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Trauma-Informed Care in Long-Term Care Settings: From Policy to Practice.

O'Malley KA, Sullivan JL, Mills W, Driver J, Moye J. Trauma-Informed Care in Long-Term Care Settings: From Policy to Practice. The Gerontologist. 2023 Jun 15; 63(5):803-811.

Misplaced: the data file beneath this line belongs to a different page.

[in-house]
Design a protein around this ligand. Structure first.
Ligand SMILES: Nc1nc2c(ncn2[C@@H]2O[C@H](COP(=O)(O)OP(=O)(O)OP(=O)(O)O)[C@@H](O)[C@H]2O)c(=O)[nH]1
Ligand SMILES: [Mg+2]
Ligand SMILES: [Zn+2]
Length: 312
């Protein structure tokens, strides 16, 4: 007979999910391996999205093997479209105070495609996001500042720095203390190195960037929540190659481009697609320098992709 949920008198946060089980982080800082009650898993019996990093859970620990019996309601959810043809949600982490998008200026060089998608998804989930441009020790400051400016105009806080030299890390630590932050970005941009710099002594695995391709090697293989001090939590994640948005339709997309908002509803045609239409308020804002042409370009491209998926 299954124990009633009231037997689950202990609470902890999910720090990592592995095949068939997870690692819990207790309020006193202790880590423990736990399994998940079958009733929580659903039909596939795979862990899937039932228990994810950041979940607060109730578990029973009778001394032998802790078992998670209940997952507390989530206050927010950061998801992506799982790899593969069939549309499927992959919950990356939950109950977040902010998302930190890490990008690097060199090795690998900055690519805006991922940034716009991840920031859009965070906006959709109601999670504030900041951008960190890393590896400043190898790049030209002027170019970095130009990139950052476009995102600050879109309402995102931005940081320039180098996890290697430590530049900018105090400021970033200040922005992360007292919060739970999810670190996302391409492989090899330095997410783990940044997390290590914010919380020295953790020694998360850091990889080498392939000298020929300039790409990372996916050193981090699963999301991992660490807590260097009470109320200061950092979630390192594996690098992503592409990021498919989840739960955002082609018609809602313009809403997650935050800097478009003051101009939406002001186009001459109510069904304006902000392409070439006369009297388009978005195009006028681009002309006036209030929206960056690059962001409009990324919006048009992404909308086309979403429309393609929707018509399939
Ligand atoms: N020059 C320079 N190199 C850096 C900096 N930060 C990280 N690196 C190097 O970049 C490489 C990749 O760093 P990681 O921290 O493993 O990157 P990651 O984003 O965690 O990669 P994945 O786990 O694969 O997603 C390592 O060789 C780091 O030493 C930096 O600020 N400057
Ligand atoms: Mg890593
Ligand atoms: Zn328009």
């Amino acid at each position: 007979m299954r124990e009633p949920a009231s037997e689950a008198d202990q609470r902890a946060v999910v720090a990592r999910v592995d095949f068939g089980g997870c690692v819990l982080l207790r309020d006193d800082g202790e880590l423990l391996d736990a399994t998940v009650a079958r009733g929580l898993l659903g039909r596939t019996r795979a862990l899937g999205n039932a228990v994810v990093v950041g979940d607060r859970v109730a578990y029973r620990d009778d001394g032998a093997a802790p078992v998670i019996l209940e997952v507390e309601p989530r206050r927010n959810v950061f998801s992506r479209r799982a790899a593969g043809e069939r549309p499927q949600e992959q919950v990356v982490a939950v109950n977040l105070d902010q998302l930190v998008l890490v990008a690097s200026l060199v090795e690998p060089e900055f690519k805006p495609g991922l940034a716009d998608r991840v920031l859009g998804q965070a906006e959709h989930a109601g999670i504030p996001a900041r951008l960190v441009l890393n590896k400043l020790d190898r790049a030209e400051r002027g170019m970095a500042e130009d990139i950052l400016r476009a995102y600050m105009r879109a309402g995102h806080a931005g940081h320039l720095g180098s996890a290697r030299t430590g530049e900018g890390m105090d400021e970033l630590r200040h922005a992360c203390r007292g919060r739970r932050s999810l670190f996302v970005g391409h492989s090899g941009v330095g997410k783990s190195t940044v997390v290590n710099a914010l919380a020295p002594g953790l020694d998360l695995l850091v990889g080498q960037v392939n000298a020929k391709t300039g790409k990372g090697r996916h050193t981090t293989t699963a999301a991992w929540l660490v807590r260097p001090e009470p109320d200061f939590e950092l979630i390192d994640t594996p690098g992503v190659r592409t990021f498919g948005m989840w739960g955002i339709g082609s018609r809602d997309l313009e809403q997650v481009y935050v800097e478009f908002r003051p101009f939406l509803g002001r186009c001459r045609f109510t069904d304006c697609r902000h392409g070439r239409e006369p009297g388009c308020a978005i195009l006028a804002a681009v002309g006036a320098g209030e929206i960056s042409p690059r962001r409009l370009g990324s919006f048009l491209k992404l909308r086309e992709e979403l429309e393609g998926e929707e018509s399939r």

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By older adulthood, nearly all older adults will have been exposed to at least one potentially traumatic event, and the majority (93%) of older veterans report exposure to at least one event. Some may have developed posttraumatic stress disorder (PTSD) during their lifetimes; however, most do not, as the prevalence of PTSD in later adulthood is low. Nevertheless, the long-lasting psychological effects of trauma may manifest in later life, exacerbated by the normative experiences of aging (e.g., medical illness, loss of loved ones, and retirement) and encounters with medical settings. Receiving care in skilled nursing settings may trigger traumatic memories or may aggravate PTSD of symptoms. As the population ages, more individuals will receive care in long-term care environments, leading to increased risk of worsening PTSD. Staff and facilities may not have skills or knowledge needed to address symptoms or reduce retraumatization. Implementing trauma-informed care practices can mitigate these effects and is mandated in skilled nursing facilities; however, no models of trauma-informed care practice in long-term care exist. This article reviews the effects of trauma and PTSD in later life, the effects of medical settings on PTSD, and provides a framework for implementing trauma-informed care in long-term care settings.

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